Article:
As I clearly said, "under bizarre circumstances", I am at a loss to see where the contradiction lies ?

If I were to place thick needles through your skin, around your heart, and apply 1.5V, I could stop your heart, or at least break its rhythm. This is unlikely, and bizarre.

Clearer ?

Under those circumstances 1.5 V would be "lethal".

In actual fact, voltages below 50V (IEC) are considered "safe, extra low" - after all, telephone circuits work with 50V signals.

More than that, and, with less unlikely circumstances, and a low enough impedance, it becomes possible for the voltage to cause a lethal current to flow through the heart.

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blkhawk (author)steveastrouk2012-07-02

Would you please cite where it says that 50 V are "safe"? Would you please cite what is the safest voltage someone can work with? What is the industry standard in regards to electric safety? I don't think that there is much difference between British and American standards.

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steveastrouk (author)blkhawk2012-07-02

IEE regs, 16th edition, Chapter 7, define several kinds of "extra low voltage", voltages not exceeding 50 V AC, 120V DC.

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steveastrouk (author)blkhawk2012-07-01

I note that the author has no professional qualifications. Be careful where you put your faith.

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blkhawk (author)steveastrouk2012-07-01

Anthony R. Kuphaldt is an instructor of Instrumentation and Control Technology, Bellingham Technical College. His web page is hosted by the University of North Carolina.

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steveastrouk (author)blkhawk2012-07-02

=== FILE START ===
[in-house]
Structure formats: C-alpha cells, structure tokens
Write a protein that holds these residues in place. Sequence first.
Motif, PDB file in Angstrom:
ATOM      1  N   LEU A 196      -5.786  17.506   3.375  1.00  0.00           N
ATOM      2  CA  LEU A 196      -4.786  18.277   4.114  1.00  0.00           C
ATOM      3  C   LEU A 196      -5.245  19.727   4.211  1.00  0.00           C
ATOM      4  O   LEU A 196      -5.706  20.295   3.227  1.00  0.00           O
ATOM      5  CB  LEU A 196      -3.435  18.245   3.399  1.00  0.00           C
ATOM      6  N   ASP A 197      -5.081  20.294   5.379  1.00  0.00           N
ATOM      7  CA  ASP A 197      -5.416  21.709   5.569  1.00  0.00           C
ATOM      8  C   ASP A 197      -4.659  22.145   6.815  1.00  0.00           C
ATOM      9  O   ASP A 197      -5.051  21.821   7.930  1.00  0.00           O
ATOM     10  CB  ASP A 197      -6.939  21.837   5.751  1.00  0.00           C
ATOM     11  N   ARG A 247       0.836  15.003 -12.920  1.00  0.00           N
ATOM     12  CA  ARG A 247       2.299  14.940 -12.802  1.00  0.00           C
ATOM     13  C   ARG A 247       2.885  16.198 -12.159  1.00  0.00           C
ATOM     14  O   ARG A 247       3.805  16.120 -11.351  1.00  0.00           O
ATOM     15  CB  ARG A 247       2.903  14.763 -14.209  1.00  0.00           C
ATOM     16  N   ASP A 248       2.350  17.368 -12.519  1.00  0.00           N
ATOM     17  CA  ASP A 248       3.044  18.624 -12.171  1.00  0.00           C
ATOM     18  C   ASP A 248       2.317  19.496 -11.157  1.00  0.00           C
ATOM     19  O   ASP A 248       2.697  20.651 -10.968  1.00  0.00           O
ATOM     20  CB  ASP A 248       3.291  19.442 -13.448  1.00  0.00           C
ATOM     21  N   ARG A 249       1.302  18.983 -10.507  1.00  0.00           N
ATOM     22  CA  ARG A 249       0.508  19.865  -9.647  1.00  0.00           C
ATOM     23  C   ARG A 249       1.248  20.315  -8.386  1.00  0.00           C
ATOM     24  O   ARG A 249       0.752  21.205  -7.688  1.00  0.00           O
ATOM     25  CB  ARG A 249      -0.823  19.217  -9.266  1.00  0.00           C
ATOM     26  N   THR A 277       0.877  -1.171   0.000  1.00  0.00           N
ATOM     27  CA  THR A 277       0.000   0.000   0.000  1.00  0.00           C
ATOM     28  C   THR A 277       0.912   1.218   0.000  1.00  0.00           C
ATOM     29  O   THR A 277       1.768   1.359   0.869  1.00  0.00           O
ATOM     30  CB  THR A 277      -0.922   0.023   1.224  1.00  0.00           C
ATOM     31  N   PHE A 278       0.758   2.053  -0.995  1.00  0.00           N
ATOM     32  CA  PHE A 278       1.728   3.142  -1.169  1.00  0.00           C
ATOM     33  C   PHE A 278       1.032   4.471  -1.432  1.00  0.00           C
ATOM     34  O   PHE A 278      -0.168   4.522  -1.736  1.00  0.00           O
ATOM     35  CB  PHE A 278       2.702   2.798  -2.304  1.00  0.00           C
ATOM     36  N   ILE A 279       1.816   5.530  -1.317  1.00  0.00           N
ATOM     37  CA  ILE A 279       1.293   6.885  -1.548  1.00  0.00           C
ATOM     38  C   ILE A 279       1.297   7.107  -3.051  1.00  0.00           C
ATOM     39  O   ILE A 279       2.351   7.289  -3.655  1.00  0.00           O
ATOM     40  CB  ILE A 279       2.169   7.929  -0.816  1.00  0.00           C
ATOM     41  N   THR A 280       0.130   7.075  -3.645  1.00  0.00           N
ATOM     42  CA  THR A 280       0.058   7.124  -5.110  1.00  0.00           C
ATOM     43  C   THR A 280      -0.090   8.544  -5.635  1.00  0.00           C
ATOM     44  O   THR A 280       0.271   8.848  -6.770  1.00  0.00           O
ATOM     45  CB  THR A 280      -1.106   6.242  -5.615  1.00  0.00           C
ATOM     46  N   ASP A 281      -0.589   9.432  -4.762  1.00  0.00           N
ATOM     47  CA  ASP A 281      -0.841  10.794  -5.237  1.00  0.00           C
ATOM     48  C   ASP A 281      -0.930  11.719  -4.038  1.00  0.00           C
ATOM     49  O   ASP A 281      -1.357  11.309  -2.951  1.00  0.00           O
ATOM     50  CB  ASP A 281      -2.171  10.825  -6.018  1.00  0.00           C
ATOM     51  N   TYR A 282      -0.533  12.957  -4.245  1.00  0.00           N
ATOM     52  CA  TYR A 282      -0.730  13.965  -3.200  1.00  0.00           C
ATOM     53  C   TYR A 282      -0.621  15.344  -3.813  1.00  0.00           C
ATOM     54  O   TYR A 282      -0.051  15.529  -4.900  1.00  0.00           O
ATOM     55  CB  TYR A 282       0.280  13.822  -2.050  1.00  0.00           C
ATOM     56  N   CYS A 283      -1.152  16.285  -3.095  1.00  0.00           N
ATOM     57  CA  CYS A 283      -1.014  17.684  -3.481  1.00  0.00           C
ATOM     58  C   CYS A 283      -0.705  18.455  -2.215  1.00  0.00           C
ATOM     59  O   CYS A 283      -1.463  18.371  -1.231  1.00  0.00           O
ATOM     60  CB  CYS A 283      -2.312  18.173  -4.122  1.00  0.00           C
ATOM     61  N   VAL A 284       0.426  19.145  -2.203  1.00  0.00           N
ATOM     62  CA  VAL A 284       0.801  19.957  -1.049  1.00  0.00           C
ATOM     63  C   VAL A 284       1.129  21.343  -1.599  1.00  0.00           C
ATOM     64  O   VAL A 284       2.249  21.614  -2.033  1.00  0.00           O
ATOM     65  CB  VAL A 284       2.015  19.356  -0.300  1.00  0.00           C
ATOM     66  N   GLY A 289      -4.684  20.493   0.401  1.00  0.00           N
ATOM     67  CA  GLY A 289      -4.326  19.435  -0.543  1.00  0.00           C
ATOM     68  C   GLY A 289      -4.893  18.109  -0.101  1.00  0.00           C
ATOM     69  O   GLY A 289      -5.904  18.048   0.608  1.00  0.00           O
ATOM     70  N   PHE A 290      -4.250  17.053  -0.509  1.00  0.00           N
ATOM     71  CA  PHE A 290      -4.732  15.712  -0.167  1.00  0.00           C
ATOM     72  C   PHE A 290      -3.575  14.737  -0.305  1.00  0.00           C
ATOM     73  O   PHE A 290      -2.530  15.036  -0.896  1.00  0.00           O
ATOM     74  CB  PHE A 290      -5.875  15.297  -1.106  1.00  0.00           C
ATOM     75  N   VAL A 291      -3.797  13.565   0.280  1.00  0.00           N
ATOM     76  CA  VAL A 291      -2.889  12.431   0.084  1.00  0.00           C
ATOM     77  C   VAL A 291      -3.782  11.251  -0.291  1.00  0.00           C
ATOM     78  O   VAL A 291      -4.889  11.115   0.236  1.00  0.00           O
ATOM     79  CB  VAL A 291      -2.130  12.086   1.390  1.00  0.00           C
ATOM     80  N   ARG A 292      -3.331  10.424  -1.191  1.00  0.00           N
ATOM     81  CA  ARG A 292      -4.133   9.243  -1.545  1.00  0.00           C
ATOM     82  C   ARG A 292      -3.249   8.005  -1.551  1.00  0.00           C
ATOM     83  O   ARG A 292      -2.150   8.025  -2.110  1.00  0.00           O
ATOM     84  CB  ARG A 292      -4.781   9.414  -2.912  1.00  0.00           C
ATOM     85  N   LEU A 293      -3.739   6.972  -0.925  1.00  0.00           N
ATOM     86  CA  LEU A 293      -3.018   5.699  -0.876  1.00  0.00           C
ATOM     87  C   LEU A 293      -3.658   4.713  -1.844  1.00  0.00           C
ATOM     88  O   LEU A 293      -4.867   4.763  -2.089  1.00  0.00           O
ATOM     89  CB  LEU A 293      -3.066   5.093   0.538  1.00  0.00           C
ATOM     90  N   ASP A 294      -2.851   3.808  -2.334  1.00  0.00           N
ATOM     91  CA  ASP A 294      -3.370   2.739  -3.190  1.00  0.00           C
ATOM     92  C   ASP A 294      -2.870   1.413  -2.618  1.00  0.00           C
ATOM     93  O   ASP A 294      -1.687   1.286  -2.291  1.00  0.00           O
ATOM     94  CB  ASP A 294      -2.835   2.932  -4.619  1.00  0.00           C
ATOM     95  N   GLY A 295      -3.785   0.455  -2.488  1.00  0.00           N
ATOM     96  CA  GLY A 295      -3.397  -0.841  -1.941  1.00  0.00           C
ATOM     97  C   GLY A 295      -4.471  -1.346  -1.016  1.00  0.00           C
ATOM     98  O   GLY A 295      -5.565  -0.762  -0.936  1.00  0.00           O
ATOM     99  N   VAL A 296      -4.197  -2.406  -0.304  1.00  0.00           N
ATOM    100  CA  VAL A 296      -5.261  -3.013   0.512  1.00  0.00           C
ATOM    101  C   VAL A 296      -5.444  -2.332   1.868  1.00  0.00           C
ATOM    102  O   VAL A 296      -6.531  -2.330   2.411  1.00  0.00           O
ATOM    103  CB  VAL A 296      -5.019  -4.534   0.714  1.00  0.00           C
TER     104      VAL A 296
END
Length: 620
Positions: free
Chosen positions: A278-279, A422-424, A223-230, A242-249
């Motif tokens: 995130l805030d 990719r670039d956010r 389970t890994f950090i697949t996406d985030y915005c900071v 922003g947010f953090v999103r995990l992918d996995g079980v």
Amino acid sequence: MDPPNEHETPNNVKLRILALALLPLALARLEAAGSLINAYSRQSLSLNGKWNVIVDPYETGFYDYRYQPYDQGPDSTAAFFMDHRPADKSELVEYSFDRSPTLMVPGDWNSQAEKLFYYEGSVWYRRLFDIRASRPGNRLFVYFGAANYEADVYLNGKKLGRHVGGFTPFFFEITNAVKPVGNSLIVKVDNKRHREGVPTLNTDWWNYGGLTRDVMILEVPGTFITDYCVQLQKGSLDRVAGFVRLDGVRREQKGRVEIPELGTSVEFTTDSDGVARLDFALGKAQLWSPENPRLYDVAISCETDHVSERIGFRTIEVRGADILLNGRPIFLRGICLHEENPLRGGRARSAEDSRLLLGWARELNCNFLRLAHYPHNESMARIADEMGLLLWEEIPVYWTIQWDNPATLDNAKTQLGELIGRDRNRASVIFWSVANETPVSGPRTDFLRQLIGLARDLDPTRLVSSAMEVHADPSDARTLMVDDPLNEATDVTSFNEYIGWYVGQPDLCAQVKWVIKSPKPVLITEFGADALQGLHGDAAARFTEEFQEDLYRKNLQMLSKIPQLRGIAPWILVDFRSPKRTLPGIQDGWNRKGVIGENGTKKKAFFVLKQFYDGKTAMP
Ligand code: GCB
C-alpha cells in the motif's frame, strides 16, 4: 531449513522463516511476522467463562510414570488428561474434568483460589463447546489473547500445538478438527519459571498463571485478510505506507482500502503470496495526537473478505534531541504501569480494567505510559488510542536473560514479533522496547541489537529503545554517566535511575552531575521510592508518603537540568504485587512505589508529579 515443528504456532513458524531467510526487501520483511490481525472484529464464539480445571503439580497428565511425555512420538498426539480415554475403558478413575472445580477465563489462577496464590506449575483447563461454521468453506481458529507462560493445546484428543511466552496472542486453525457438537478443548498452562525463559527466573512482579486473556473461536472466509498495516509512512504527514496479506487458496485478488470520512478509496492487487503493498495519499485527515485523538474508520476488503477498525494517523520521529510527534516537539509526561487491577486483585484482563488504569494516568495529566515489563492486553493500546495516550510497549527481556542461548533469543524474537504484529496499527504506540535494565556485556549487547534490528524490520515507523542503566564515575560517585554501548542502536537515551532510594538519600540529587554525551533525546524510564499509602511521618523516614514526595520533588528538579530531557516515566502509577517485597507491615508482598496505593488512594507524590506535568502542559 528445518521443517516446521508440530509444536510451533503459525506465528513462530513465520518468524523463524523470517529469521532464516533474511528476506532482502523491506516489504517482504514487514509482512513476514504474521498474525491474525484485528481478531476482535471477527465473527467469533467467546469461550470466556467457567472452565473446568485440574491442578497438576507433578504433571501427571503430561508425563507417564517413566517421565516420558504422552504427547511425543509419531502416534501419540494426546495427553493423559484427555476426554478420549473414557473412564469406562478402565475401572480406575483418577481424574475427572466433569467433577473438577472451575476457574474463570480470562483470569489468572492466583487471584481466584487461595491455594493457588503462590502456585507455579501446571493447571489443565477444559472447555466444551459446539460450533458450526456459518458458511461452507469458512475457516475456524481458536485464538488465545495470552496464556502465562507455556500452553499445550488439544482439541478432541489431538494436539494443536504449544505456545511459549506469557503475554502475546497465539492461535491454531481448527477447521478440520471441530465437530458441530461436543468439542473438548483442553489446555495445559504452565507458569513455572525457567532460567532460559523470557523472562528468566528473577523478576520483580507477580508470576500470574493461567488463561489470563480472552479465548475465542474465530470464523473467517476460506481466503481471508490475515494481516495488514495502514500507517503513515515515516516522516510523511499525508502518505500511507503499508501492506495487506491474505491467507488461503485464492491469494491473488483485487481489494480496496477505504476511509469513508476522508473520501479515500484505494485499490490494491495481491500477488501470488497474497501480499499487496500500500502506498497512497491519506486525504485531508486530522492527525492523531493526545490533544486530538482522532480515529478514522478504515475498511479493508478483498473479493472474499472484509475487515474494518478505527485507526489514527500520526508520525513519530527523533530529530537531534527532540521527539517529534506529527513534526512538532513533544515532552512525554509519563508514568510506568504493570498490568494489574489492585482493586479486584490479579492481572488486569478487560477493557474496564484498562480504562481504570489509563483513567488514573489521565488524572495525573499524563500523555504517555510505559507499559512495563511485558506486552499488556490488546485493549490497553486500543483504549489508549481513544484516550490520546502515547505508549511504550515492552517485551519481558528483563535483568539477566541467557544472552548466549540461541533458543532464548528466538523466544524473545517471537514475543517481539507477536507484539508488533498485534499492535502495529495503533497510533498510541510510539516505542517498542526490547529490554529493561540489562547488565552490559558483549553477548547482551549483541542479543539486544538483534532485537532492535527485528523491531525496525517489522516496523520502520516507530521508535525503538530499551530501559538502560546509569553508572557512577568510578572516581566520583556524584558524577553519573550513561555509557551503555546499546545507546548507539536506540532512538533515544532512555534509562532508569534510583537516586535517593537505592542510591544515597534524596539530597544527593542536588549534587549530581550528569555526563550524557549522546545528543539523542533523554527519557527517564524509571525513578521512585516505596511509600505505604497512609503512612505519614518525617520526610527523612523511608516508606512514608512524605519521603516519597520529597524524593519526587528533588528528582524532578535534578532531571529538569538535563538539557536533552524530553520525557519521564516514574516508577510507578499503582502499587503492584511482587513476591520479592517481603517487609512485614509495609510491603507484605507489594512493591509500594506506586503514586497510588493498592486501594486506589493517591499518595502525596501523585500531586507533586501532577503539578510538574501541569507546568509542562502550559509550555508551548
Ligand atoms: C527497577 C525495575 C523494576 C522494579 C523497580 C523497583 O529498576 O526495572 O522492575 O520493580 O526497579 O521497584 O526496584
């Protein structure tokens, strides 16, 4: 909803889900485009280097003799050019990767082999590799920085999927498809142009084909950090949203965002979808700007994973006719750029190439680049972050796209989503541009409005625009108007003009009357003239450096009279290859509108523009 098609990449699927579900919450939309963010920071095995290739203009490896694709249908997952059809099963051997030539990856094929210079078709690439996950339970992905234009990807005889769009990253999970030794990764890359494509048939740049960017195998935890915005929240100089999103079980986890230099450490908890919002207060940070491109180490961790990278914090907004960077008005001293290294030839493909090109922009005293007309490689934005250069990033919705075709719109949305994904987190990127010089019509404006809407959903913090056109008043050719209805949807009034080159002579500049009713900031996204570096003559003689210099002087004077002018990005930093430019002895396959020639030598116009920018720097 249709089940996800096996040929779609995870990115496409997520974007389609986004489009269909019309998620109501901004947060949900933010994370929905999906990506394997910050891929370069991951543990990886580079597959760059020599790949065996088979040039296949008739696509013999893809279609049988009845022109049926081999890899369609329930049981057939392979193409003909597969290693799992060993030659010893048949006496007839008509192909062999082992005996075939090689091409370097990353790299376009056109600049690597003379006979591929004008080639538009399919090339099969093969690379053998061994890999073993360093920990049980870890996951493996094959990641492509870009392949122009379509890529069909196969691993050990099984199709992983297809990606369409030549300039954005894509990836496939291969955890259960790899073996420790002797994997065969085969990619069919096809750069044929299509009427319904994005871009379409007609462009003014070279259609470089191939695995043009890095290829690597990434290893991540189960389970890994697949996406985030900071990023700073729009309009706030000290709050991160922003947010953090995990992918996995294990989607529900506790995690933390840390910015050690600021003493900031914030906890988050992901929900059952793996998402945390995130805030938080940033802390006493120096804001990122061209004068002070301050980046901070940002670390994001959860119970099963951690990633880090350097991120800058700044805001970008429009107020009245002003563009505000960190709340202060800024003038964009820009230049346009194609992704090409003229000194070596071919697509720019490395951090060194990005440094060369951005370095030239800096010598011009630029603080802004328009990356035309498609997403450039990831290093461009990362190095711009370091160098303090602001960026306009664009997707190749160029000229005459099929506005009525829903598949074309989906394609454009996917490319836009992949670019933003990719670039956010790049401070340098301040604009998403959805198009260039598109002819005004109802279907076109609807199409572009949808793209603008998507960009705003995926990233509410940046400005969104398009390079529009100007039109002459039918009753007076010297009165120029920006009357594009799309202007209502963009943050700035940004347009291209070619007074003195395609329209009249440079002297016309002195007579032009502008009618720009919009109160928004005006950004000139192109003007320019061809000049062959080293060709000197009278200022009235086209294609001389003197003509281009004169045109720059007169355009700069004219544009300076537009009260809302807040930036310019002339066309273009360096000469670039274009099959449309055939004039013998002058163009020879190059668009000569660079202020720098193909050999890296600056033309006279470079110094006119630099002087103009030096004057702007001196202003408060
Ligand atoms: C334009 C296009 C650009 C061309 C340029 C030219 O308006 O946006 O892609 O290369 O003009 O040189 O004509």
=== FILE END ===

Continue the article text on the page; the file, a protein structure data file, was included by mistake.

Cite. I couldn't see any sign of his qualifications in a single page Google search. It may be a difference in nomenclature, but here, an instructor is not a lecturer, and wouldn't necessarily have to have a professional qualification, provided he had a lot of experience.

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DoctorDv (author)2012-06-30

Its not always the voltage that is deadly. For example, it is said that a static electricity spark is 35,000 volts but at such a low current that you just feel a pinch where as 120 volts at 5 amps is definitely lethal. In the link below, it says that there are many factors determining the human body's resistance, but it is said to be between 300 and 1,000 ohms.  I hope this helps.

-Doctordv

van.physics.illinois.edu/qa/listing.php?id=19566

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onrust (author)2012-06-29

My rule of thumb is: All electricity is dangerous........ because I can't see it!

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Kiteman (author)2012-06-29

The best answer, I'm afraid, is "it depends".

According to wikipedia, high voltages change the way your body resists electricity (the dialectric of the skin breaks down), and the resistance to high voltages can be as low as 500 Ohms.

However, the same article also says that a DC current applied externally is a fibrillation risk at over 300mA.

But, be aware that if the electrodes penetrate the skin, currents as low as 1mA have been known to induce lethal fibrillations.

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Burf (author)Kiteman2012-06-29

+1
And the age and overall physical condition of the victim.

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steveastrouk (author)2012-06-29

YES YES.

Those levels are deadly, seriously deadly.